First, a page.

|Mar de Plástico|
Cine LatinoThis month I got to introduce some of my favorite short and full feature films and series from Latin American and Spain. The goal was to get students talking in Spanish much like they do in their English classes. Here is what I did the facilitated the lesson:
1. Conversation Circle
To introduce the lesson, we discussed favorite books and movies. These lively conversations inevitably led to words and ideas that would comprise our vocabulary list. From here I created a simple vocabulary list and accompanying activities to facilitate the unit. The list was used as a point of reference and also provided students with the vocabulary for describing, analyzing and writing about films Film unit vocabulary and activities.
Click here for the initial questions (freebie) students engaged in prior to the unit. There are two sets of questions. Students walk around the class (sort of like musical chairs) and then stop. They interview their partner on their partner's movie interests and the partner interviews them on their favorite actor and so on. The questions are different to spice up the conversation a bit.
I'd also like to put a plug in for this amazing Movie Sheet I got from one of the teachers on TPT. This sheet saves my life every time I am in a bind. If you ever show a movie or even a Telenovela, just have a view of these handy to avoid students annoying asking " Do we take notes? What do we do?
This Pelipareja activity that you see to the left was retrieved from a website (I do not remember where). It was free to the public and has some really great authentic input to drive home concepts and vocabulary. Students read the descriptions and match the movie. You could also cut up the pictures and descriptions and have students do a matching activity as part of a circuito or station. I used this both in class and during my 45 minute Spanish club. It was a hit. Click here for the copy.
Preliminary input and interest
2. To get students excited about the unit in addition to providing them with resources they could view on their own beyond the four walls of the class, I featured a few trailers of Spanish-speaking series. Most of the series are from Spain (I have A3series- a new channel offered on DirectTV). However, it also highlights Spain's dominance in this particular market. Series such as Gran Hotel and El Internado are also popularly viewed by both Spanish-Speaking and non -Spanish-Speaking audiences. Since we had been working on the subjunctive in this particular class, I organized activities to include that grammatical point. This activity Hoja de actividad worked the vocabulary and grammar.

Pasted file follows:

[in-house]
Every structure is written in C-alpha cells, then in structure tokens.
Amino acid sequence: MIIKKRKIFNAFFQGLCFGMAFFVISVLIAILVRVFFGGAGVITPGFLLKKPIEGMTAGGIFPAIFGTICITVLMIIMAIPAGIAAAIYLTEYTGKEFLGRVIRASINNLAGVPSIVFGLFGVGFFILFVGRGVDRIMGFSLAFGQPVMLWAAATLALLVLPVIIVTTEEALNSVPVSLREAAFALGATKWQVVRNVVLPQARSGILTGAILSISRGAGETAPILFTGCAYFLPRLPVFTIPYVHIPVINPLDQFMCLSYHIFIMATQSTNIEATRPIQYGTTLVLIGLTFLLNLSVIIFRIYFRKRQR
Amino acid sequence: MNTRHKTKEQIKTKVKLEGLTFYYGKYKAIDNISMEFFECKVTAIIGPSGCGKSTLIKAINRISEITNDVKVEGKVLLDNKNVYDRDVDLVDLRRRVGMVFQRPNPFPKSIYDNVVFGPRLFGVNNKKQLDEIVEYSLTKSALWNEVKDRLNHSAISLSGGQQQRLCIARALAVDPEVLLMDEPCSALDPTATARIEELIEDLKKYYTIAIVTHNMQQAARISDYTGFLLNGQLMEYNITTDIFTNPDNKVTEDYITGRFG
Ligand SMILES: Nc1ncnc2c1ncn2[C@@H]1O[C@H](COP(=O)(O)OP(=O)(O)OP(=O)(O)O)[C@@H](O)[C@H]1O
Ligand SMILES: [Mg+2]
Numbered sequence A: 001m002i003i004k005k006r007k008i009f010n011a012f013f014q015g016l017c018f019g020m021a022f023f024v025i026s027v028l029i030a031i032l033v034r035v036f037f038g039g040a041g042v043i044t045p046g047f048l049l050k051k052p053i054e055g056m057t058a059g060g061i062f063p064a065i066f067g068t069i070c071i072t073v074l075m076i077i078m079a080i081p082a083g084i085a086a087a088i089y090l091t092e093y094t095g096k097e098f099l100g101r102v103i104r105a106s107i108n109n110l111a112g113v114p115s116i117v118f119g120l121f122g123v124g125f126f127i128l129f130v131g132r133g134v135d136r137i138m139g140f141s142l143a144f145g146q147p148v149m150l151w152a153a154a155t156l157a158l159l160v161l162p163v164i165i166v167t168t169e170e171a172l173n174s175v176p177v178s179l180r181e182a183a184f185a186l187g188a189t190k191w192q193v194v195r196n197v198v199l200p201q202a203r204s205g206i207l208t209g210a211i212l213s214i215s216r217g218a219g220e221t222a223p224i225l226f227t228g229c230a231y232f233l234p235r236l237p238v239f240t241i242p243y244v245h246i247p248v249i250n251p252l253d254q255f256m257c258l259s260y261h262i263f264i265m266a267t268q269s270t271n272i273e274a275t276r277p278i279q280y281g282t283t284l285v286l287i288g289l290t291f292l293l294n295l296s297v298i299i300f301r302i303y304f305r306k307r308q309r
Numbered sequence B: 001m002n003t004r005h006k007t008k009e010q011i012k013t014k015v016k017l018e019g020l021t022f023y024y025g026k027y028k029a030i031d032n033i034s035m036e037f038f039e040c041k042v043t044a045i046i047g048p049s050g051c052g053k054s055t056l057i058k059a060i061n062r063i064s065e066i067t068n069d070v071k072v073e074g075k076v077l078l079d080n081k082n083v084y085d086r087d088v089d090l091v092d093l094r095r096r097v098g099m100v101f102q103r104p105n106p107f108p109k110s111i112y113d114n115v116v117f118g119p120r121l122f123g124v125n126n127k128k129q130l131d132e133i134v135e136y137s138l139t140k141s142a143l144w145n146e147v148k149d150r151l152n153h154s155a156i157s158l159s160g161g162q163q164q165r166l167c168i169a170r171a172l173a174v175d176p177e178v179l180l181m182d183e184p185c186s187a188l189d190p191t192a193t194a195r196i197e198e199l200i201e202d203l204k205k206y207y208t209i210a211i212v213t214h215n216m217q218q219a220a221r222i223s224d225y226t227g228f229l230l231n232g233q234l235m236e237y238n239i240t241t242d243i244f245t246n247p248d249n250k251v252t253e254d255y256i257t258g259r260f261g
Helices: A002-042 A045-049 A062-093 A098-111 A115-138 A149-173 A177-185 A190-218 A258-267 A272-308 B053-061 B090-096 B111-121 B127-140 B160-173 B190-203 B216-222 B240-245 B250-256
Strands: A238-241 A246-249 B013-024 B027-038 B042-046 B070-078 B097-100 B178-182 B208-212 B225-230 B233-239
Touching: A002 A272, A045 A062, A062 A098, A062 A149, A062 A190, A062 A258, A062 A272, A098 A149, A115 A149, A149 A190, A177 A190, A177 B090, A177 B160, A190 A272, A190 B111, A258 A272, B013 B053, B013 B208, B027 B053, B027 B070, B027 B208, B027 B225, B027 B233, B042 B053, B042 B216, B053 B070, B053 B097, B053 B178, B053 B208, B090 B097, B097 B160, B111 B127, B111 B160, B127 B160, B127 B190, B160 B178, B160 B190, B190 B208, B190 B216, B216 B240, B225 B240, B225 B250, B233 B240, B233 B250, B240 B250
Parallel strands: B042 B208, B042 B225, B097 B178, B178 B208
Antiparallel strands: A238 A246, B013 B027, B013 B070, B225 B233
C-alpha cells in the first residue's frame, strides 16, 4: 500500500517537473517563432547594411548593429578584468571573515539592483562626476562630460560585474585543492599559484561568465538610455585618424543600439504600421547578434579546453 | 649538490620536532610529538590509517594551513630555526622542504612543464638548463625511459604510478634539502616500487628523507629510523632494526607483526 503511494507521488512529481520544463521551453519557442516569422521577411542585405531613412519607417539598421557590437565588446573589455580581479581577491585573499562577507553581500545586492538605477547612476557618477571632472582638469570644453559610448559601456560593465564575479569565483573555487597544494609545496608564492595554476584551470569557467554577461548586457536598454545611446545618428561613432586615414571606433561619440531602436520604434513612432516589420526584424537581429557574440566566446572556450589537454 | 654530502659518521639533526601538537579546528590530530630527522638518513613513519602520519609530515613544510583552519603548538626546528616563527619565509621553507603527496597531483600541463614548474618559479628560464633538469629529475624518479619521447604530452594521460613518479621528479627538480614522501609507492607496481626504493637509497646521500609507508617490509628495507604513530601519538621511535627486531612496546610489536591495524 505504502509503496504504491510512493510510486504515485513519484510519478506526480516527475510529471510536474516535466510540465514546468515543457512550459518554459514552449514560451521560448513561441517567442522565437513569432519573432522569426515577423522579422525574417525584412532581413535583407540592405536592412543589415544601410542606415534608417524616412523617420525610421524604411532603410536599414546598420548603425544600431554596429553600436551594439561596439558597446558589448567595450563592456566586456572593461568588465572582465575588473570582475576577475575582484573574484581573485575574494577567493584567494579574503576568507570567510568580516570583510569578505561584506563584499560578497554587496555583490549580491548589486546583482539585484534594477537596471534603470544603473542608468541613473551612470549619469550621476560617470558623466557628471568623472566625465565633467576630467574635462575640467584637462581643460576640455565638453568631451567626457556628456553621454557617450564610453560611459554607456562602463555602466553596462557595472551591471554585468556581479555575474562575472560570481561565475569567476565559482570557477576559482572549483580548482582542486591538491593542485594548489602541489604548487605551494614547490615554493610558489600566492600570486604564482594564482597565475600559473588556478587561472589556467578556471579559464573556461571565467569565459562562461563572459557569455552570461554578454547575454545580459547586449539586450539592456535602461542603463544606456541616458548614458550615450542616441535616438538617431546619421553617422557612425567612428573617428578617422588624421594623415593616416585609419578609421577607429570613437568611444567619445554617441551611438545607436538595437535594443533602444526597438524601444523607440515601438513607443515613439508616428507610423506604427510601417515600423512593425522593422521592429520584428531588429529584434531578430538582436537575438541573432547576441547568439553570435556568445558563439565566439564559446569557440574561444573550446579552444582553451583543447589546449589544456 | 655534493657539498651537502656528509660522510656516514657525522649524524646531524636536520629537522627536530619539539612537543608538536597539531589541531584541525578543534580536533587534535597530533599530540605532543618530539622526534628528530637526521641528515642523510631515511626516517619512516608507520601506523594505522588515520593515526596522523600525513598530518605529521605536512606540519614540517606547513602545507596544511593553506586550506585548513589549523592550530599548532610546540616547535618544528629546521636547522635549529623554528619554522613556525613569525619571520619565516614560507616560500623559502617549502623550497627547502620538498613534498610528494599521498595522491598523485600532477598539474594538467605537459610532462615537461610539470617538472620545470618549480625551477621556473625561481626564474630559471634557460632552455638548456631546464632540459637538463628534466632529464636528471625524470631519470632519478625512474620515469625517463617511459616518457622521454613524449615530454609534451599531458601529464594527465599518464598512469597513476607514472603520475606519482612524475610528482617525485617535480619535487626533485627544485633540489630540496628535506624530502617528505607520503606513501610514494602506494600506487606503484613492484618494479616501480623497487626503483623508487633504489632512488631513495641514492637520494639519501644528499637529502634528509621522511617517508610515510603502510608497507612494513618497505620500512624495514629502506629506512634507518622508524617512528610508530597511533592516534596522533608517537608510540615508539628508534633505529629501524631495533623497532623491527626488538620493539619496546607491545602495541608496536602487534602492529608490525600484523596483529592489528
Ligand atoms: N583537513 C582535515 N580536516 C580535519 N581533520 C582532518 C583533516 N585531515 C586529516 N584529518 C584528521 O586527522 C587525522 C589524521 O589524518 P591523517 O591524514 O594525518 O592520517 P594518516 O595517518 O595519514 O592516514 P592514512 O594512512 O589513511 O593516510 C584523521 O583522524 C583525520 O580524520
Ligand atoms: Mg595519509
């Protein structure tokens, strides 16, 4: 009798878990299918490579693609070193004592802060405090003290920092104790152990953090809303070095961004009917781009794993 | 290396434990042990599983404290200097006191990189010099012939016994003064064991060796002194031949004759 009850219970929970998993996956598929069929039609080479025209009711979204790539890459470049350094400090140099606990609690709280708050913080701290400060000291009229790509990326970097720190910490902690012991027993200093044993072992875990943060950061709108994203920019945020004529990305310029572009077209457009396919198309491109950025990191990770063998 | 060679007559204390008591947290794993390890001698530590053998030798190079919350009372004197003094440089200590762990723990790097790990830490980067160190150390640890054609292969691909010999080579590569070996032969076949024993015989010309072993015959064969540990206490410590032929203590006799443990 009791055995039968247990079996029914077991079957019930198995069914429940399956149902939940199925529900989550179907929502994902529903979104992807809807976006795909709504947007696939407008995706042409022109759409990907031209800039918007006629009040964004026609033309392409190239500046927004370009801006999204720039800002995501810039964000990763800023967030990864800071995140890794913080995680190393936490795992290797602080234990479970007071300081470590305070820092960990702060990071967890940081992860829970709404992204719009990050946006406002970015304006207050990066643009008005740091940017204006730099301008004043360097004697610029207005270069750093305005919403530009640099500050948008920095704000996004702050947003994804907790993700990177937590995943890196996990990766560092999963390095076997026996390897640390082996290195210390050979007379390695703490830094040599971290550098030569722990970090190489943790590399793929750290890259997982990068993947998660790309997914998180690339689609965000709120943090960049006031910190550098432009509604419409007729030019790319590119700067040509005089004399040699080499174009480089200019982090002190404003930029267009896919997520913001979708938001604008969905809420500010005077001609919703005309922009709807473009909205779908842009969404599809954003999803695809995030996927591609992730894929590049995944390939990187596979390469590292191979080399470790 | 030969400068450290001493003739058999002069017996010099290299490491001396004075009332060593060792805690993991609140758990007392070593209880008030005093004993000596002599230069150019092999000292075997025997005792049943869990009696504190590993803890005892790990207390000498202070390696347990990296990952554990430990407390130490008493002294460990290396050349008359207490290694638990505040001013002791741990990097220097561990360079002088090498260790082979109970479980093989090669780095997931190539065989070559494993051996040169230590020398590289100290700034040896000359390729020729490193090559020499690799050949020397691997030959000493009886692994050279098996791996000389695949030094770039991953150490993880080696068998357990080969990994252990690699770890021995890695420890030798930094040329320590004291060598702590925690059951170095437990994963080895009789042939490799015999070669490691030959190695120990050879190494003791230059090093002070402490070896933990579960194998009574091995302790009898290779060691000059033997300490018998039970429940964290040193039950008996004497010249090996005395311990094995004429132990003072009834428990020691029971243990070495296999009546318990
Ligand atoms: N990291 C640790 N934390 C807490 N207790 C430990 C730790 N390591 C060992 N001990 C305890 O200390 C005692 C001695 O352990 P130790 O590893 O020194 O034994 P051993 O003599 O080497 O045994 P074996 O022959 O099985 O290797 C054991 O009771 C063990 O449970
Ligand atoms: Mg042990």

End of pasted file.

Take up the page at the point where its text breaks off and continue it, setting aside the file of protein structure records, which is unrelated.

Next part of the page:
Trailers o Avances to the series.
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El Mar plastico
3. As we begin to discuss how to analyze film. we looked at camera angles and shots in terms of their importance in bringing the story alive. Here is the activity with the video that I used to help students get a sense of the language used to describe angles in addition to their importance. This is the second year I've included the angle shots. The first year I had introduced them was disastrous as I assumed that students had some familiarity with photography (we have AP Photo at my school). Lesson learned! This year we covered all but only emphasized a few.
Film shots in Spanish (the url of the video is embedded in the document).
4. Film Carrousel
This was something different I did this year. We have 90 minute block periods so this worked perfectly for one class. I selected three films. The vocabulary as well as questions front loading some the films content and themes were included in the anticipatory set prior to seeing the film (see the PPT). The order was as follows:
- Complete previewing activities
- View cortometraje and jot down new vocabulary words
- Turn to a partner to discuss the themes, characters, plot and overall impression of the film (next year I will include the camera shots)
- Engage in a class discussion about themes.
Power Point used to launch the film carrousel activity
Activity sheets for students
Film Vocabulary in Spanish
!Más actividades por delante!
This year I used a ton of Latin American short and long feature films associated with a particular theme. One of my favs is the short film "Eres" which, is aptly named because all the friends of the protagonist preface every interaction with " Eres." This is the second year I have used this film, available on here on Youtube. Check to make sure the video is still available before downloading the 14 page packet.
The film is superior to touching on the identity and even self-esteem. However, the dialogue can be difficult to understand when you add the speed of light pace of the conversations and other nuances. To facilitate listening and to lower the filter, I created some listening, viewing and reading activities to offset the language barrier The cool thing is that most of the vocabulary that I have included is in very clear sound bites through the film.
My students really loved the film because they really saw how other people form our identity. Many students think they are "themselves" but this film points out our nature to conform as well as how to preserve our own identity- at least that was the lesson I extrapolated. Please enjoy and consider giving me a rating. If you have any questions, please send me an email at email@example.com
One more thing...
The film is more of an PG-13. It is about 10 minutes and my students have liked it for the past two years (or 1.5 years). There is no nudity although there is a 5 second showing of two of the characters kissing while falling onto the bed.